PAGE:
Fallout Fan Theory Explains Biggest Discrepancy In Amazon Show

By Chris Snellgrove | Published

The new Fallout show managed to do the impossible by appealing to both casual genre fans and hardcore fans of the video game franchise. While almost everyone loves the new show (the showrunners must have maxed out their Charisma stats), one of the few lingering criticisms is that the Brotherhood of Steel in the show doesn’t bear much resemblance to the one from the games.

They seem more like evil fanatics than anything else, but one Fallout theory may hold the answer. According to this theory, the Brotherhood we see may be one assimilated from the brutal Legion faction seen in New Vegas.

The Brotherhood’s Background

If you didn’t grow up playing those weird isometric Fallout games, then we may need to lay a bit of groundwork for this Fallout theory.

In the first Fallout game, the Brotherhood was a military cult, and in the second, they worked with the New California Republic to try to restore order in the wasteland.

In Fallout 3, the Brotherhood of Steel is split between those who want to simply protect residents from threats like super mutants and those who want to focus on retrieving pre-war technology (a faction in New Vegas is so extreme about this goal that they go to war with the NCR).

Fallout Series Brotherhood Seem Out Of Character

On paper, the Brotherhood of Steel in the Fallout show is similar to the faction in New Vegas. They are willing to go to extreme measures to retrieve pre-war technology and prevent it from falling into the hands of others.

However, there are some interesting differences between the onscreen faction and the one from New Vegas and other games, including the fact that the onscreen brothers are portrayed as extremely religious zealots. Helping to explain some of this Fallout theory.

While earlier games made this group out to be like a military cult, the activities we see in the show (like squires getting branded by knights) seem very out of character.

The Brotherhood’s Names

Another big discrepancy comes from (of all things) the names of the brothers we see. In earlier games, Brotherhood of Steel members often had very basic names like Derek and Jonathan.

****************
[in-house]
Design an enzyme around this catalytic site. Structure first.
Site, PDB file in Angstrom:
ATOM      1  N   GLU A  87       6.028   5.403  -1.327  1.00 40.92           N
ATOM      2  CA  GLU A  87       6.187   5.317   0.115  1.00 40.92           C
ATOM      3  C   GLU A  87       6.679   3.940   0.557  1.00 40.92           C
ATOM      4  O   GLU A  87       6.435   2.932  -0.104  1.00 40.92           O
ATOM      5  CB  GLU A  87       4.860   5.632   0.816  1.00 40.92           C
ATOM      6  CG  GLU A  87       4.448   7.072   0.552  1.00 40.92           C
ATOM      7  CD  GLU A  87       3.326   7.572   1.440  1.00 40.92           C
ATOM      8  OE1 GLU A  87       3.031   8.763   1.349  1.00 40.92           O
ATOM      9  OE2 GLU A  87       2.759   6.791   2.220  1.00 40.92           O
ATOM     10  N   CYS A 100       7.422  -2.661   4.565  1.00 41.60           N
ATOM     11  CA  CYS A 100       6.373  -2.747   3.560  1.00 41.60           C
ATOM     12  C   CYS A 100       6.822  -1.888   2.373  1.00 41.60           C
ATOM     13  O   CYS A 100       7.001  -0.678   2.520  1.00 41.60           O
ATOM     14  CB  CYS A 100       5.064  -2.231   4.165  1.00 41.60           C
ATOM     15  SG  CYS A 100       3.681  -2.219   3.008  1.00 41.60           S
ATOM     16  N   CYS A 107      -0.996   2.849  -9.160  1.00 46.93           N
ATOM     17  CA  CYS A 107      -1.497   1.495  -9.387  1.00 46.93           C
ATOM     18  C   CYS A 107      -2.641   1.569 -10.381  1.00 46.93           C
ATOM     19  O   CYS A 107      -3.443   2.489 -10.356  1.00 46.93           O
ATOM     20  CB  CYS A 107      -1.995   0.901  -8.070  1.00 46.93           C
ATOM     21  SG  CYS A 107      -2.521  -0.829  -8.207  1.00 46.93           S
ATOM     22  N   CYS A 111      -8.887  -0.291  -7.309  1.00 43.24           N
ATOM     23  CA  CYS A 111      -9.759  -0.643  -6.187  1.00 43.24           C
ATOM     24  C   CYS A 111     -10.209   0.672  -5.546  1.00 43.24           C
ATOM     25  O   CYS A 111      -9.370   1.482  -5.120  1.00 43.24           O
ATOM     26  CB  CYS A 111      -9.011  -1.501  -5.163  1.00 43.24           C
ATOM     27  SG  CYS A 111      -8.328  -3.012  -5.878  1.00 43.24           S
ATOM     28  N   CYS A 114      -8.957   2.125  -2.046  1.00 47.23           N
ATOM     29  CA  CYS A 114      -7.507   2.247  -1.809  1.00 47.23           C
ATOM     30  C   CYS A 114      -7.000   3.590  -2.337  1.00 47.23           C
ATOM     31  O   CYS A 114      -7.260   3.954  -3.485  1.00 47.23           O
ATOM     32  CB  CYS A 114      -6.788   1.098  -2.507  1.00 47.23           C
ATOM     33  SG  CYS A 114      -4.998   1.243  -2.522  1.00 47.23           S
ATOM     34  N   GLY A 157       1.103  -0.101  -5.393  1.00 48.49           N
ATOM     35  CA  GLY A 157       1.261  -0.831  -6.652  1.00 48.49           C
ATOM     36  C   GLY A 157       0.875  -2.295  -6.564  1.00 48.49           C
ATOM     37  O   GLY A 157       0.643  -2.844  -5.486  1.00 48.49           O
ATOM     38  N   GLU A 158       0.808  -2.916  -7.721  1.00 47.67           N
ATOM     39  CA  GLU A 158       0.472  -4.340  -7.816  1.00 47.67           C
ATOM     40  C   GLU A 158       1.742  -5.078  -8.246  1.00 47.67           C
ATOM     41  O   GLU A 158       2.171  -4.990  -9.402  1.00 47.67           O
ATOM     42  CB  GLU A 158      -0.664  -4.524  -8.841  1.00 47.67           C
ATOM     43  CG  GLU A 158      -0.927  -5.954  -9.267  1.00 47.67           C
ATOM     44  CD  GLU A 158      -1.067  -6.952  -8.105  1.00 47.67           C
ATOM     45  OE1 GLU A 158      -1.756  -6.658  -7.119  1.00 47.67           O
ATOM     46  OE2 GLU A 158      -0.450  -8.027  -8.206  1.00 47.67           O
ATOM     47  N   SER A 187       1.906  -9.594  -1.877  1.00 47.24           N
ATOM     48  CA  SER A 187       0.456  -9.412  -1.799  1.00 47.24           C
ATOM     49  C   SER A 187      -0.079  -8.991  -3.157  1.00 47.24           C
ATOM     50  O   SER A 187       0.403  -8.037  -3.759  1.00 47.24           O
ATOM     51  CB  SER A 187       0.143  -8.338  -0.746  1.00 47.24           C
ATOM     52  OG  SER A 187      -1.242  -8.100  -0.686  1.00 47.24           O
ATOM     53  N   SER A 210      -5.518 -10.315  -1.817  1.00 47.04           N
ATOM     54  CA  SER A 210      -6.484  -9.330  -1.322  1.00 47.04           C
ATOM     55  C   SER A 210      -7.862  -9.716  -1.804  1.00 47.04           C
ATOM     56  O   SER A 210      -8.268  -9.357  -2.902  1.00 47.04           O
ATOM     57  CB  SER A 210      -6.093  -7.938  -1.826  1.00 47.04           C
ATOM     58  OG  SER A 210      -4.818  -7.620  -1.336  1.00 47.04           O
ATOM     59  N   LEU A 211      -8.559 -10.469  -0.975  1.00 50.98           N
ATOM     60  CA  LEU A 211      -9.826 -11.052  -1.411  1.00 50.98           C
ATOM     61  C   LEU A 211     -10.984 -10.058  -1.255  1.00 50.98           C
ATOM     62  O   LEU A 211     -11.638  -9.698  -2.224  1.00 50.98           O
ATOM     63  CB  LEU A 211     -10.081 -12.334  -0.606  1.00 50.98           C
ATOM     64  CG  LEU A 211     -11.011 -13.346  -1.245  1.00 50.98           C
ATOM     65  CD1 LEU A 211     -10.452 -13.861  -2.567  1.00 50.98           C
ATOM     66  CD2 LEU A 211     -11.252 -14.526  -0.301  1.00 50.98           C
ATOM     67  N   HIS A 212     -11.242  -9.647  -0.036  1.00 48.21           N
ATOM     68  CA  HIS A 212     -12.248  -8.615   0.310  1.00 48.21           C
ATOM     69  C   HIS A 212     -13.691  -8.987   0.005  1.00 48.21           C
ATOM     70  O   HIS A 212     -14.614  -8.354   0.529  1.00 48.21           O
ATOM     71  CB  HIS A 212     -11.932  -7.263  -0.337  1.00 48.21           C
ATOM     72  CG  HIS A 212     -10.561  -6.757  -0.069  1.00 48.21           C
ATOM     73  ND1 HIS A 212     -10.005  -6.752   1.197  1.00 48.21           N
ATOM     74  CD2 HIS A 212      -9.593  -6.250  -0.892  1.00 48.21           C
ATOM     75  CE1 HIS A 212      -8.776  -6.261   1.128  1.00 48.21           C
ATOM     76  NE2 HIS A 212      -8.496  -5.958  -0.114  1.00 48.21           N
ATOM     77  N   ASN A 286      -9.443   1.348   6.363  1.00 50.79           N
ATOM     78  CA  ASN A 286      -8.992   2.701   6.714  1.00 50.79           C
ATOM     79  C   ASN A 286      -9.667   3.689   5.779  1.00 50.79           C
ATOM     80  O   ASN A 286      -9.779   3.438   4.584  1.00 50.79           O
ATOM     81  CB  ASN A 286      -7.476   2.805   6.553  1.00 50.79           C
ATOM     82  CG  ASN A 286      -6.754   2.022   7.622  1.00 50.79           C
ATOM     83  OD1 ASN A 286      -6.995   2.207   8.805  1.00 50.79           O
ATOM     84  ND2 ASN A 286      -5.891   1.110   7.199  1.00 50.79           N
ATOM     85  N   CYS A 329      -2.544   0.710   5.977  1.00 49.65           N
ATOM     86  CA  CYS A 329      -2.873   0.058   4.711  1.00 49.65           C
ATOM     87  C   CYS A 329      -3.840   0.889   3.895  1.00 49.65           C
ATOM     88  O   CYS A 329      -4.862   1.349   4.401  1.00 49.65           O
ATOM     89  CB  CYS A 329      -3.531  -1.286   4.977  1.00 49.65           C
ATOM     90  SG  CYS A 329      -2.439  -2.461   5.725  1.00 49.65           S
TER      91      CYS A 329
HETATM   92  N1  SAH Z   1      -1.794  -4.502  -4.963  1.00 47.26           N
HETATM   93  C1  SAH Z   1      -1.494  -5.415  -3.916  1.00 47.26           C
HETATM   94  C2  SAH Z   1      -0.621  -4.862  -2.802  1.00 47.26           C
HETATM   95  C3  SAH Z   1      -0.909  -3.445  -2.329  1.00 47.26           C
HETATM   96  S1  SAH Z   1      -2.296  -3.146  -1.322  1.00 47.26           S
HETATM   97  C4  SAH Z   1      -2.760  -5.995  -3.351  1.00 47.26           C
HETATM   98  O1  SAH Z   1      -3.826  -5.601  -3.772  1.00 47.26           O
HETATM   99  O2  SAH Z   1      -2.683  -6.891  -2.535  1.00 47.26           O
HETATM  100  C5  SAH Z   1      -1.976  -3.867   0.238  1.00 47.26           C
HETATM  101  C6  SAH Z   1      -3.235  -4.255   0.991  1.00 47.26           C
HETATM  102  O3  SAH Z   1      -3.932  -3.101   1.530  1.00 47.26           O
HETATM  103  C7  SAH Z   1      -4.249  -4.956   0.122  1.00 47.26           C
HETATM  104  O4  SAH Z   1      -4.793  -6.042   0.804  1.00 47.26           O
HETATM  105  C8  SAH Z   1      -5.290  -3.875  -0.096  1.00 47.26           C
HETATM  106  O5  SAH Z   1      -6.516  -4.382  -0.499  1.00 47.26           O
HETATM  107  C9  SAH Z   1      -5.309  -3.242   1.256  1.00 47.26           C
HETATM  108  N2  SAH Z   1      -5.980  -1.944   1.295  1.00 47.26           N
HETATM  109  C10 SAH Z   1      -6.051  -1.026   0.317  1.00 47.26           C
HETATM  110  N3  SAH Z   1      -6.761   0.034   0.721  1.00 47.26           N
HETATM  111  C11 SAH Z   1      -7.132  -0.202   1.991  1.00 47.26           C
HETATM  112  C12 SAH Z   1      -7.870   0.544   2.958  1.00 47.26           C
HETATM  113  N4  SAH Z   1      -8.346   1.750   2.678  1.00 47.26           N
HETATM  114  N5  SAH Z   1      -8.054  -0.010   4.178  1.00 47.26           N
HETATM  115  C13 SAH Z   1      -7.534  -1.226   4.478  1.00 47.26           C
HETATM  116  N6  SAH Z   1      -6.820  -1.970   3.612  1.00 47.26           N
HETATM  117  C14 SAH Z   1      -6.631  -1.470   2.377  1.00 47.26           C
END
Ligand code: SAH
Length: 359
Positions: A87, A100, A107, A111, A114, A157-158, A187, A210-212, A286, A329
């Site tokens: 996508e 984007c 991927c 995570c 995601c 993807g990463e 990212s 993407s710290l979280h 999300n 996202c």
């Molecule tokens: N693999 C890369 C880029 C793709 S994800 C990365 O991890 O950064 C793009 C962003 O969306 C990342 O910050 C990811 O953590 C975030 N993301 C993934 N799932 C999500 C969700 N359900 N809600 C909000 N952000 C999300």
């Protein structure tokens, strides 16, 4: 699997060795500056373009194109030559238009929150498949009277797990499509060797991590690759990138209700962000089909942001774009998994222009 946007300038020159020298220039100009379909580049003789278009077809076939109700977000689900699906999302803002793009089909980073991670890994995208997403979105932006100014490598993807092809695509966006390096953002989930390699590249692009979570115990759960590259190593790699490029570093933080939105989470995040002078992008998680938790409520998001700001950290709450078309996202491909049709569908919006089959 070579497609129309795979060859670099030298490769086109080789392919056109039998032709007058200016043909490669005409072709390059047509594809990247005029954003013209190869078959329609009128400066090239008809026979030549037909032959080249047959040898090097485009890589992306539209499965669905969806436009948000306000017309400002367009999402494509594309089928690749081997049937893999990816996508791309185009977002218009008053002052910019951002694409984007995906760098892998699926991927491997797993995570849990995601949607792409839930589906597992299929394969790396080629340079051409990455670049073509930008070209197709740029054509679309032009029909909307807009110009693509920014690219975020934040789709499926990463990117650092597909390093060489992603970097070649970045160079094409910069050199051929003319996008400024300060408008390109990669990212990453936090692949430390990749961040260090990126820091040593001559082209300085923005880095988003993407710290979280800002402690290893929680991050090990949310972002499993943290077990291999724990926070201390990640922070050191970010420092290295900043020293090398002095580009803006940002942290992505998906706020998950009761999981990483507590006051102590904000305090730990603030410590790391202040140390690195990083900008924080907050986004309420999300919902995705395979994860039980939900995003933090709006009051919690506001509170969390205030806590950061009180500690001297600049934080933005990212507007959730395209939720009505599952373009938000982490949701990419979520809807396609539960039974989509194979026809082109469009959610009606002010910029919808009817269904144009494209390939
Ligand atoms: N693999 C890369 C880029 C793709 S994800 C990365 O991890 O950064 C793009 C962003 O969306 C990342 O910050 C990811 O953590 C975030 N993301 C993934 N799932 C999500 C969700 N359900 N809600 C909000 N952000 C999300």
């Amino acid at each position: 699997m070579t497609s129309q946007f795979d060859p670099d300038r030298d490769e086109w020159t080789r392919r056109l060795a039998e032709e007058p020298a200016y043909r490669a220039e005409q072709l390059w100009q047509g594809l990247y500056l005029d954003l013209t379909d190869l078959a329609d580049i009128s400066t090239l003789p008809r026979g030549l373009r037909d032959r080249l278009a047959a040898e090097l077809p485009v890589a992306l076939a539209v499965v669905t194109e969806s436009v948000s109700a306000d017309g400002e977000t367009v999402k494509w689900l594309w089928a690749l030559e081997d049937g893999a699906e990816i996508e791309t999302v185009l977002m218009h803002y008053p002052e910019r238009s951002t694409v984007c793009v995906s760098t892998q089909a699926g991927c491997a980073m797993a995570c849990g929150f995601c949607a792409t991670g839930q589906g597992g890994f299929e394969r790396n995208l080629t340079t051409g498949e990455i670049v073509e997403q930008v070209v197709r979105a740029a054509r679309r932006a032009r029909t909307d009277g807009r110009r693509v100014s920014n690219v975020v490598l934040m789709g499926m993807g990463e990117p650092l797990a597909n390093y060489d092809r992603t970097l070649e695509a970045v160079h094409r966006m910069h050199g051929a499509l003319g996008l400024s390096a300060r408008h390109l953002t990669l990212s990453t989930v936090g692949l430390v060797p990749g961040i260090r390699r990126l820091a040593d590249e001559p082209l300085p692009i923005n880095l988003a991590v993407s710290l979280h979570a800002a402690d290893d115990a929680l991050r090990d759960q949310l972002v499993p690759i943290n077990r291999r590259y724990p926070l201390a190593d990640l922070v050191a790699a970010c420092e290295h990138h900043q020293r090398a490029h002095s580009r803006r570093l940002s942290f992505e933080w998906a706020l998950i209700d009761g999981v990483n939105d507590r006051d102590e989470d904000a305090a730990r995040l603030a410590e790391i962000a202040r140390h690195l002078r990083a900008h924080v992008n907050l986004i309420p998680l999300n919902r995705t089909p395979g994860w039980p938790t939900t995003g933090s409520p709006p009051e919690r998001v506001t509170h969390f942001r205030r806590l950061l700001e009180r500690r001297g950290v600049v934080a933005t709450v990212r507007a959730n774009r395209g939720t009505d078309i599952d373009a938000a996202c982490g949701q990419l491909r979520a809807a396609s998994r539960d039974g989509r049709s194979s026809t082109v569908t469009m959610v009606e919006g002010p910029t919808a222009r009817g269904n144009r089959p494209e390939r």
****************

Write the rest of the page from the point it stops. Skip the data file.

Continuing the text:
Sometimes, there were fancier names that were inspired by other stories (like Arthur, Launcelot, and Galahad, all obvious references to the King Arthur legend).

The point is that none of them had the kinds of Latin names we see in the show (like Maximus, Titus, Thaddeus, and so on), and this Fallout theory may explain what’s going on in the show.

Seen In Fallout: New Vegas

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According to the theory, the Brotherhood of Steel we see onscreen is a faction that has been absorbed by Caesar’s Legion from Fallout: New Vegas.

The Legion had the same kinds of names that the knights and squires from the show do, and they were fond of similar violent rituals that we see the onscreen Brotherhood engage in. The Legionnaires in the game who served Caesar were insane zealots to the cause, and it looks like the Brotherhood Maximus is in is all about instilling these kinds of zealous beliefs.

Not Stingy With The Armor

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This Fallout theory also explains the Legion’s tendency to only let the most experienced members use advanced technology tracks with what we see the Brotherhood of Steel do in the show.

In the games, the Brotherhood usually isn’t so stingy about the armor: in Fallout 1, even lowly initiates (including the player) can wear it, and in Fallout 2, there is so much armor out in the world that you can buy some from merchants in San Francisco.

It really does seem like the Brotherhood being super-restrictive about armor access is an invention of the show, and as this Fallout theory points out, the faction in the games likeliest to enforce this mentality is Caesar’s Legion.

The New Fallout Timeline

fallout theory

Obviously, the new Fallout show takes place later in the timeline than any games in the franchise, so this theory may not hold irradiated water. The explanation for these discrepancies could simply be that the Brotherhood has changed.

Still, what we see onscreen does contradict what we’ve seen in the games, so this theory is completely valid until proven otherwise. 

It’s going to be a long time before we see more episodes of this show. That gives fans plenty of time to hole up in their own Vaults (no cousin stuff, y’all!) and try to unravel this Maximus-sized mystery.